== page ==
“We don’t want your genre stories.”
I see this message more and more in the submission guidelines of writing journals and magazines, especially in those dedicated to fantasy and science fiction.
Speculative fiction is what we’re calling it nowadays. The Sword and Sorcery glory days are at an end. Writers and journals alike don’t want to be pigeon-holed in hopes they’ll reach a broader audience. And fantasy is fighting to be taken more seriously, which means intensified abrogation of the regular tropes. There’s still a place out there for the old classics, but that’s because they’re, well, classics. Continue reading
Well, I only read one of the books I said I was going to this summer, apparently because I can’t tie myself down like that. But it was quite a book. Although mildly escapist, Django Wexler’s The Thousand Names is a page-turner. That’s what summer’s about anyway, right? Beach reads.
Easy to get into and easy to stick with, The Thousand Names holds a captive audience by means of some of the most riveting battle scenes I’ve ever read. Wexler is gifted in this aspect. Battle is something I’ve always struggled to write because of the sheer amount going on and the significance of all of the details.
This is my second time reading Robert Jordan’s Wheel Of Time series. The first time it held me entranced through most of high school, but I only read the first nine before I got side tracked. (Not to mention, Jordan passed away around then, just before I had caught up to him). Not familiar with Brandon Sanderson’s capable and strangely similar style and talents then, I decided to delve further into fantasy with different authors.
Years and countless writing lessons later the Wheel of Time has turned, and I’ve come back to this classic series to discover it’s just as entertaining as it was before. Yes, I’ve read stronger authors including mega-series-world-creator Steven Erikson, but a broader perspective has given me the chance to view Jordan’s storytelling with a different sort of fascination. Continue reading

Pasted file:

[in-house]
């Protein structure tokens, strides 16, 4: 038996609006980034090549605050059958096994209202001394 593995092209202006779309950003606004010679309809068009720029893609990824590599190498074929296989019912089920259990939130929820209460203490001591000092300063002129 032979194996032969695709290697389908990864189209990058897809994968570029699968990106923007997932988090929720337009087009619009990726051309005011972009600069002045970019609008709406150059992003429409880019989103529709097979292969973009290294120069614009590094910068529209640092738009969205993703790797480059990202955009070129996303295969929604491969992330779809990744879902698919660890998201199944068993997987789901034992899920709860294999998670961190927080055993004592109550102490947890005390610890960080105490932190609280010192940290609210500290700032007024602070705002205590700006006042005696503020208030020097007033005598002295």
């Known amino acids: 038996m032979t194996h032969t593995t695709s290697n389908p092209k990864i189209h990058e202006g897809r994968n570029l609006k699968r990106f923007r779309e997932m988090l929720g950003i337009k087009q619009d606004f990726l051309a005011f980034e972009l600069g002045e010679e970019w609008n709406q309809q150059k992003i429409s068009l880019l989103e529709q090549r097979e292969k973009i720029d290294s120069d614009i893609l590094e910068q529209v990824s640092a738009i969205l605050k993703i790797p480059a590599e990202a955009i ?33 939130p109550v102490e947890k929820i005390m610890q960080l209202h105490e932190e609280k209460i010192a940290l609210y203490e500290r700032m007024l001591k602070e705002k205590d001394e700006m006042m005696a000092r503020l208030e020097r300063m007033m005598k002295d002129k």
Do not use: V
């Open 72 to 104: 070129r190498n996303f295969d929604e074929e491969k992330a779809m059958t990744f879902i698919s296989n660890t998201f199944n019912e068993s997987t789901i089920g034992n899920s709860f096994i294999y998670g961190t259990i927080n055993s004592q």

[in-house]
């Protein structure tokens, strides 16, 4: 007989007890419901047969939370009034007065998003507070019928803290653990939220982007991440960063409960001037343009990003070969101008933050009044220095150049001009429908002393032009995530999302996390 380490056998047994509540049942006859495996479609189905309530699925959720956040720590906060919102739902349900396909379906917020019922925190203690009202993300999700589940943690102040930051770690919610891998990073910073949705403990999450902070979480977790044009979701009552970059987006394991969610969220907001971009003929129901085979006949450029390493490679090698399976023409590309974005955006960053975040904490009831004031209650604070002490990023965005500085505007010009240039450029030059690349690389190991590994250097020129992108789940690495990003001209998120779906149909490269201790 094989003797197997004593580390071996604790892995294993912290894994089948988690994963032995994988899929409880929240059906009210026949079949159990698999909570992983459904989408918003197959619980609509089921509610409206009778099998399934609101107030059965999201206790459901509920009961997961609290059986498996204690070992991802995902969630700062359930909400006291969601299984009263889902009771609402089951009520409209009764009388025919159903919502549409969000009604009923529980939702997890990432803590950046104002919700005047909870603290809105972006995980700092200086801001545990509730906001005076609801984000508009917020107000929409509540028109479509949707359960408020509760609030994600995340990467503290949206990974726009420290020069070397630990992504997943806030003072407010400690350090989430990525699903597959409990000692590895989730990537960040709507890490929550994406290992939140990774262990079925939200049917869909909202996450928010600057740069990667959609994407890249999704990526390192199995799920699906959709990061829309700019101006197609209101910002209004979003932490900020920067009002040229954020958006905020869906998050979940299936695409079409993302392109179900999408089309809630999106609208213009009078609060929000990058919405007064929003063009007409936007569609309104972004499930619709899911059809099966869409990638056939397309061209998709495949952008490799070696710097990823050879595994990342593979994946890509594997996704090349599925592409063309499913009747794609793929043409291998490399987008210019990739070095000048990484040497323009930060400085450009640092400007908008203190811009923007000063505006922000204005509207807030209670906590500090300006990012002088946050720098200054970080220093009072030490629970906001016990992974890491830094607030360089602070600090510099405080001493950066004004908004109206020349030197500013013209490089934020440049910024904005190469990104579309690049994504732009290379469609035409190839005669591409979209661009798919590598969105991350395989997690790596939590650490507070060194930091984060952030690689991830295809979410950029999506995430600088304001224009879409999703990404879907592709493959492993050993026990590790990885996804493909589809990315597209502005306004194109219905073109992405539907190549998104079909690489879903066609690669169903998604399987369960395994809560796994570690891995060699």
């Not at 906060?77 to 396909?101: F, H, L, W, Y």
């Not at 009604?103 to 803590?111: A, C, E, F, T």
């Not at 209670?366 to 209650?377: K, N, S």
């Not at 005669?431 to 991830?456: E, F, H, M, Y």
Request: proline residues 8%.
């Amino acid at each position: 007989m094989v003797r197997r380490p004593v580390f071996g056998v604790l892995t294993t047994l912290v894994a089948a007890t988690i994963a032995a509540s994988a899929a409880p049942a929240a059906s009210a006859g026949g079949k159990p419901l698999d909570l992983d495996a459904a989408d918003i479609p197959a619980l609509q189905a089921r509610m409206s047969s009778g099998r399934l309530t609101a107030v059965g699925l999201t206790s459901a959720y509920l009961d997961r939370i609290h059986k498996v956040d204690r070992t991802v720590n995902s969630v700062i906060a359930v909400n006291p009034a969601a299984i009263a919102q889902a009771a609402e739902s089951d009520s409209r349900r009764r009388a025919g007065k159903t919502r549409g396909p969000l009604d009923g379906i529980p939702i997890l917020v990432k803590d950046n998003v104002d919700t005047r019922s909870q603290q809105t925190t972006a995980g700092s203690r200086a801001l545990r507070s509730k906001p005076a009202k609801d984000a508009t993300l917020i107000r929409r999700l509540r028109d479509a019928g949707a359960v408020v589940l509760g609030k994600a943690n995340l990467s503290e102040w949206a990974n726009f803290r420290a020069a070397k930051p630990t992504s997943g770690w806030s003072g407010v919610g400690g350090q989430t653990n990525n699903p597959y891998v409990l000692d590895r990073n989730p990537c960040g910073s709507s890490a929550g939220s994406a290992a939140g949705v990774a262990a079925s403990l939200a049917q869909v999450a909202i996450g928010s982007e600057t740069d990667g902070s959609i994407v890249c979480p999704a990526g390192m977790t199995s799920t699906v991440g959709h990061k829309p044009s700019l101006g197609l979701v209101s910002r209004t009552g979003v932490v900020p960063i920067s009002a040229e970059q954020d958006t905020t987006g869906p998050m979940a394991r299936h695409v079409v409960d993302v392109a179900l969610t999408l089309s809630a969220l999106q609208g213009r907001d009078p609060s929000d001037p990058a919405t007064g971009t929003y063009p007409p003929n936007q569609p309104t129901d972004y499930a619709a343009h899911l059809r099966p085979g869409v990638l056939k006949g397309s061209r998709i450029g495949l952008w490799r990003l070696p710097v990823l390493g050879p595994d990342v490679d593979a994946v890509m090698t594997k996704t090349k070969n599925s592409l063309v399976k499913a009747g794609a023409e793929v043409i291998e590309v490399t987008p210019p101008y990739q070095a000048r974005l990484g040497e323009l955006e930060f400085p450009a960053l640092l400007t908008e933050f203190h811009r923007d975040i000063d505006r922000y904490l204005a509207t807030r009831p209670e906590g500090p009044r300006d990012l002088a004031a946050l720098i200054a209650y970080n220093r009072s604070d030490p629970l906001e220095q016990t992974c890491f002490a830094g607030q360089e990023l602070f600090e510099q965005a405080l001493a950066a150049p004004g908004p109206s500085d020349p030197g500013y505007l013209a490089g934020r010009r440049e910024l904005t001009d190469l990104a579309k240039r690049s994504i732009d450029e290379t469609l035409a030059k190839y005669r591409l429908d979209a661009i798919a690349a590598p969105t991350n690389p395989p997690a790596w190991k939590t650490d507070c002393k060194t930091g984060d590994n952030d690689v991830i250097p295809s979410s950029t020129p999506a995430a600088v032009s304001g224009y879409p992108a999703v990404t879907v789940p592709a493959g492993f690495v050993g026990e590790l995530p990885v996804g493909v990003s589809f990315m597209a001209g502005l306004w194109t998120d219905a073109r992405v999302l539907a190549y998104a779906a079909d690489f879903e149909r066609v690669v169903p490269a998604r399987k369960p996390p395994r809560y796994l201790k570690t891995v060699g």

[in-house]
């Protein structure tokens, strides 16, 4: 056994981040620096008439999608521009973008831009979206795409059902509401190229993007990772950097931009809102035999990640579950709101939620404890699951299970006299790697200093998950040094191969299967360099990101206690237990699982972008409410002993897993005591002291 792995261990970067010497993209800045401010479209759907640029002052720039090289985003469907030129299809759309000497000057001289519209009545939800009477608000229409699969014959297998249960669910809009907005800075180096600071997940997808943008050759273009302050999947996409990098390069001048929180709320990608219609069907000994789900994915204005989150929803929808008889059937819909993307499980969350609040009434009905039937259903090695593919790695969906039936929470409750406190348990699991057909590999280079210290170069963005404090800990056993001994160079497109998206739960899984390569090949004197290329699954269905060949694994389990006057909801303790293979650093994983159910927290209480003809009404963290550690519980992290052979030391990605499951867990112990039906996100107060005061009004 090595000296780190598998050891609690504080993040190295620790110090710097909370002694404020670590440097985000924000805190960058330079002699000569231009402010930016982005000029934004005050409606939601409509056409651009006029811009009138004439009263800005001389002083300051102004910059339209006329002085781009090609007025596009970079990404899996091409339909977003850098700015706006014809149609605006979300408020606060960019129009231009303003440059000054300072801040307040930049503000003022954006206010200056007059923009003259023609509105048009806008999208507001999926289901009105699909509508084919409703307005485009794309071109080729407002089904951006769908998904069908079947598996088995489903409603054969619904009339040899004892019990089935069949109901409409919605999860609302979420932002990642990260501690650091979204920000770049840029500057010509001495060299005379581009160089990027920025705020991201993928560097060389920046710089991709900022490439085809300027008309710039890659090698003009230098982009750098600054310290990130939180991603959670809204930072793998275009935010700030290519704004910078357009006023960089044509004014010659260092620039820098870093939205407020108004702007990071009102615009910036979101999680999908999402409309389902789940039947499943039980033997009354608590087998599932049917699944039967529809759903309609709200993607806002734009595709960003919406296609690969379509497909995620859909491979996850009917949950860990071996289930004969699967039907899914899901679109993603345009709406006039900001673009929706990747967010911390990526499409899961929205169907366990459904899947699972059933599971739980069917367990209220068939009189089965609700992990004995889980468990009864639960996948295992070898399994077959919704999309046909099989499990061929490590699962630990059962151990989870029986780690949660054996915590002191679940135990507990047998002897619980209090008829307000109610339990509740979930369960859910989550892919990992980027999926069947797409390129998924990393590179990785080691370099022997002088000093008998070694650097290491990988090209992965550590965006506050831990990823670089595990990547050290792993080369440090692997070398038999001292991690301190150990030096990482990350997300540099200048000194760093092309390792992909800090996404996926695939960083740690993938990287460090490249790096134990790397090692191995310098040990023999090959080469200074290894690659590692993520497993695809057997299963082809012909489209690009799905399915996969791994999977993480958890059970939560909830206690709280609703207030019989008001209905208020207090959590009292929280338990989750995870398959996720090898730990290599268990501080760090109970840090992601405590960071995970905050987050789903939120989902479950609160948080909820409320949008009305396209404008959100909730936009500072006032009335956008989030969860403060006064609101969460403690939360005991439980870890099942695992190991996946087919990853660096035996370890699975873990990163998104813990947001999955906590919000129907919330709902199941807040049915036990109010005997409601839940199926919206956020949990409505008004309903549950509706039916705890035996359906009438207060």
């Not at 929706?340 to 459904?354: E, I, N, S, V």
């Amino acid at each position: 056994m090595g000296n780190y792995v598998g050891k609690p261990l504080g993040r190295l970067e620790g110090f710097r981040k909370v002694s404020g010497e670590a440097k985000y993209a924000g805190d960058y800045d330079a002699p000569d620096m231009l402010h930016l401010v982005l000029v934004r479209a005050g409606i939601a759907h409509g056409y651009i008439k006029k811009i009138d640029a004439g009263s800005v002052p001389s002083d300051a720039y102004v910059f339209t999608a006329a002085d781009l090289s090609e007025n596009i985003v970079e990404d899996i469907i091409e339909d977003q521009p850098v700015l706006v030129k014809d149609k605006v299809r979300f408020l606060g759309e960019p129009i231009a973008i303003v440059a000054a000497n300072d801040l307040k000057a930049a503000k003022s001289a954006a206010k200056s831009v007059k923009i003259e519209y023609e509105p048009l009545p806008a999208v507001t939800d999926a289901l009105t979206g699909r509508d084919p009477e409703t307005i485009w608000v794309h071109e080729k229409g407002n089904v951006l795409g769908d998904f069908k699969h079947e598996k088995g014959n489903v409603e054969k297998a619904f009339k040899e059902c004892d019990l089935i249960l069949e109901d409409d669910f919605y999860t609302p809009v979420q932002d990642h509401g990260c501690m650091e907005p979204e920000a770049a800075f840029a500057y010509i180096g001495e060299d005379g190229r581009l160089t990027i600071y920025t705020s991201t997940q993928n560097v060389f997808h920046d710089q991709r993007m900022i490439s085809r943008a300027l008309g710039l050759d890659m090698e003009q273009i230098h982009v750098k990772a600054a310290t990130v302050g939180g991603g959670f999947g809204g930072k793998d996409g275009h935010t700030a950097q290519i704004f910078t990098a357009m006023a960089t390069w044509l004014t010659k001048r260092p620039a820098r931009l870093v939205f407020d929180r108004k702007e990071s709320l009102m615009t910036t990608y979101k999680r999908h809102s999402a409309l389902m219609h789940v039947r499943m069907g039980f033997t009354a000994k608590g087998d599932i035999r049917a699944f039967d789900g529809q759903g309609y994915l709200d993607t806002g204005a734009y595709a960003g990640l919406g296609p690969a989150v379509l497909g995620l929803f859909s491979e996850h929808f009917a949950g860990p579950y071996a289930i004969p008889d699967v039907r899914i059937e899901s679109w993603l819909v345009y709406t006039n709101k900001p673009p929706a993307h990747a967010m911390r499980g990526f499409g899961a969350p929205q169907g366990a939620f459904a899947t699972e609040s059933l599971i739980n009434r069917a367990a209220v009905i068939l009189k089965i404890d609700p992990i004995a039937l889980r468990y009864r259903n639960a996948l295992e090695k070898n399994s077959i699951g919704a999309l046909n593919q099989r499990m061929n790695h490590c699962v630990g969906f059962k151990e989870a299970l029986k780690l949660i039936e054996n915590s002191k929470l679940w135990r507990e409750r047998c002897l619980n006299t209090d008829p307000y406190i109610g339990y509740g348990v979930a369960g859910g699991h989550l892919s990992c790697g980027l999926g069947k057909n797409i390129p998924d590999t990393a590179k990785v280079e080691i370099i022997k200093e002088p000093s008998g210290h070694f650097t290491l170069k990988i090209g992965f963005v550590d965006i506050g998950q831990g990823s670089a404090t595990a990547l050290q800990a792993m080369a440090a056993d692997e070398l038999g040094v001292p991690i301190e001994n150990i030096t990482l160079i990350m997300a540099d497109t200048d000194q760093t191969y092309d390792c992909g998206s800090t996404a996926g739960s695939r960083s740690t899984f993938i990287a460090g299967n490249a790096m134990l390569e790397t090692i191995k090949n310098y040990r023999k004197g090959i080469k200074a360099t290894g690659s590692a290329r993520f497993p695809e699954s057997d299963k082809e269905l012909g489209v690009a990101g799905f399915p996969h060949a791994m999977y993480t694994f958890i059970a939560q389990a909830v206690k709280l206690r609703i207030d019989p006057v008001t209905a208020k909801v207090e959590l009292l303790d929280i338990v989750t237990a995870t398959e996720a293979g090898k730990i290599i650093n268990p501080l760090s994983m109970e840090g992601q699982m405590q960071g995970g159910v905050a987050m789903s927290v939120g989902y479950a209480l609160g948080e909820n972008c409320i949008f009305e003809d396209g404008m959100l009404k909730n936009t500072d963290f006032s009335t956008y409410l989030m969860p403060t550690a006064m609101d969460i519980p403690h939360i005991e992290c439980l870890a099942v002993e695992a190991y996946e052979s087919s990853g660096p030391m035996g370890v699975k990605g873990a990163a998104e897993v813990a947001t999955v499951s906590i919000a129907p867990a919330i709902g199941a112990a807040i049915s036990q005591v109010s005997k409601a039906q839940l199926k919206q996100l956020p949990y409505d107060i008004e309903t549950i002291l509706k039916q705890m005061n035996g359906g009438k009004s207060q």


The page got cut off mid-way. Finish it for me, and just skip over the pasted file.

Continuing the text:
Having finished the third installment and halfway point of Ursula K. Le Guin’s Earthsea series, I feel I should look back through the books and record my thoughts. There are few fantasy books that have the same moral and philosophical horsepower, so the temptation to reflect is just too great.
The Farthest Shore (#3) is not as atmospheric and charming as A Wizard Of Earthsea, but neither is it as dark as the second book, The Tombs of Atuan. It lies somewhere in the middle. More adventurous, perhaps, than its successors, but the adventure is not the purpose of the book. Le Guin is often vague on details, and there’s hardly the suspense you’d normally associate with a fantasy like this. Rather, the focus is on the discussions of the characters and the sum total of their experiences that lead to a feeling more of spiritual/mental journeying than of physical, though I don’t think an allegorical hypothesis of the book would hold water. Continue reading
When Daniel Abraham wrote his debut novel, A Shadow In Summer, it was well received by those who bothered to notice. It was understood by critics, peers, and readers that Abraham was a new force of creativity in a genre growing dark with cliché. But it was quickly buried by other’s popularity.
Thousands of men are converging on a forgotten ring of stones, on a worthless hill, in an unimportant valley, and they’ve brought a lot of sharpened metal with them.
To say that fantasy author, Joe Abercrombie, has attracted a lot of attention for writing the bloodiest, most visceral of stories would be an embarrassing understatement. They don’t call him the god of grit for nothing, and after reading some of his earlier work, I was both excited and a little guarded to return. It’s similar to how I feel about watching a Terantino film. I have to armor myself up to be horrified by the display of violence. Continue reading
Railsea is China Mieville’s most recent novel. YA audienced and Locus award receiving, Railsea is a force of both new, experimental writing and a mining of past classics. And it’s wonderful fun.
We’re dropped in a semi-dystopian world where the rail system covers the entire earth in endless loops and mazes. Crews ride steam engines and make a living hunting giant tunneling beasts like moles (moldywarpes) and rabbits (blood rabbits) that all give King Kong a run for his blonde-haired beauty. The earth between the rails is a-writhe with similar beasts and insects; the up-sky above is a haze of similar bird-type creatures.
And our awkward, ungainly, maybe-a-bit-hefty hero is a young boy by the name of Sham Yes ap Soorap (because apparently we can’t have characters with less unique names than the author has). Continue reading